F1 2020 Belgian Grand Prix Wet Setup: Aerodynamics, Transmission & more!

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There are a couple of tracks in the Formula One calendar that are infamous for wet races.

Unsurprisingly, Spa-Francorchamps in Belgium is one of them!

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So, let's take a look at what setup you should be using to be fast in the wet at Spa!

Table of Contents

Aerodynamics

Belgium is a relatively fast track, so despite the rain, we can run a relatively low aero setup.

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Belgium Wet Aero
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This means we've gone with a front wing value or 4 and a rear wing value of 7.

This should keep your speed high through the infamous Eau Rouge and Raidillon!

Transmission

We've got a rather typical wet setup as far as the transmission is concerned.

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Belgium Wet Trans
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As such, we have an on-throttle differential of 50% and an off-throttle of 55%.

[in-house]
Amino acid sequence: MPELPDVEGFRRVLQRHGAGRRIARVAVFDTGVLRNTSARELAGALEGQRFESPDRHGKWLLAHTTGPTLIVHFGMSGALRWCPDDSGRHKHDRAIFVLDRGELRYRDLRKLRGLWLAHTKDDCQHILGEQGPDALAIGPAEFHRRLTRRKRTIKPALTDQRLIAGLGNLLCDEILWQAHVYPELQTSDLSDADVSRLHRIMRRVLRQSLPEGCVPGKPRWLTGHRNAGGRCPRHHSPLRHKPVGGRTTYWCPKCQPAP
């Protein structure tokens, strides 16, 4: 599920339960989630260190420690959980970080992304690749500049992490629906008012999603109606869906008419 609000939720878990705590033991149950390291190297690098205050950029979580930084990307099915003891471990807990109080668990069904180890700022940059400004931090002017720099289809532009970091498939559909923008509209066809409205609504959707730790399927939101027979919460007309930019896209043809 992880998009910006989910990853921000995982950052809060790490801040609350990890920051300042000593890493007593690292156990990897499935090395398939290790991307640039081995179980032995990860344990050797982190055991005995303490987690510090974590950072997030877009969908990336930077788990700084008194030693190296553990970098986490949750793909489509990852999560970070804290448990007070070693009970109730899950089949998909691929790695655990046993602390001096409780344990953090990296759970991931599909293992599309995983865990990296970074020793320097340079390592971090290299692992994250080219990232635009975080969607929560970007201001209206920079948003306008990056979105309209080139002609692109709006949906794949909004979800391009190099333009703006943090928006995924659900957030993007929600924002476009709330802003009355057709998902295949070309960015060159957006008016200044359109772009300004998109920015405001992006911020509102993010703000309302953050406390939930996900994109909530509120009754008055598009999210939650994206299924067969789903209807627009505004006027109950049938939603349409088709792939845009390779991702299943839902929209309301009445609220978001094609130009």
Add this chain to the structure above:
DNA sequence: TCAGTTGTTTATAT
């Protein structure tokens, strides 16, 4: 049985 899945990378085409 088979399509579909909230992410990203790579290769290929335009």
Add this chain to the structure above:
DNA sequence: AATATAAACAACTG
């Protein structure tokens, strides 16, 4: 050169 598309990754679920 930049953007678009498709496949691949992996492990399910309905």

This should keep the car driveable throughout the lap, as well as helping to maintain grip in the low grip conditions.

Suspension Geometry

The speed of the track and few sharp corners means we can run a setup that focuses on straight-line speed.

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Belgium Wet Sus Geo
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For camber we have -2.70 on the front and -1.20 on the rear of the car.

With toe, we've gone with 0.06 on the front and 0.20 on the rear, which should help with that straight-line speed we mentioned earlier.

Suspension

This is where the setup differs the most from a dry setup. As such, we have suspension softness of 1 on the front and 2 on the rear.

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Belgium Wet Sus
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For anti-roll bars, we've gone quite soft again with 4 on the front and 7 on the rear.

Finally, ride height is high at 7 on the front and 9 on the rear again.

Brakes

We once again have a very typical brake setup, which is designed around avoiding lockups in these low grip situations.

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Belgium Wet Brakes
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This means we have a brake pressure of 88% and a brake bias of 52%.

This should be a good compromise between stopping in a stable manner and avoiding lockups also.

Tyres

For tyre pressures we've gone with a relatively high wet pressure.

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Belgium Wet Tyres
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This is obvious in the 23.0psi on the front pressures and the 20.3psi pressures on the rear.

There is of course scope to lower these if you wish, however, your performance will likely suffer.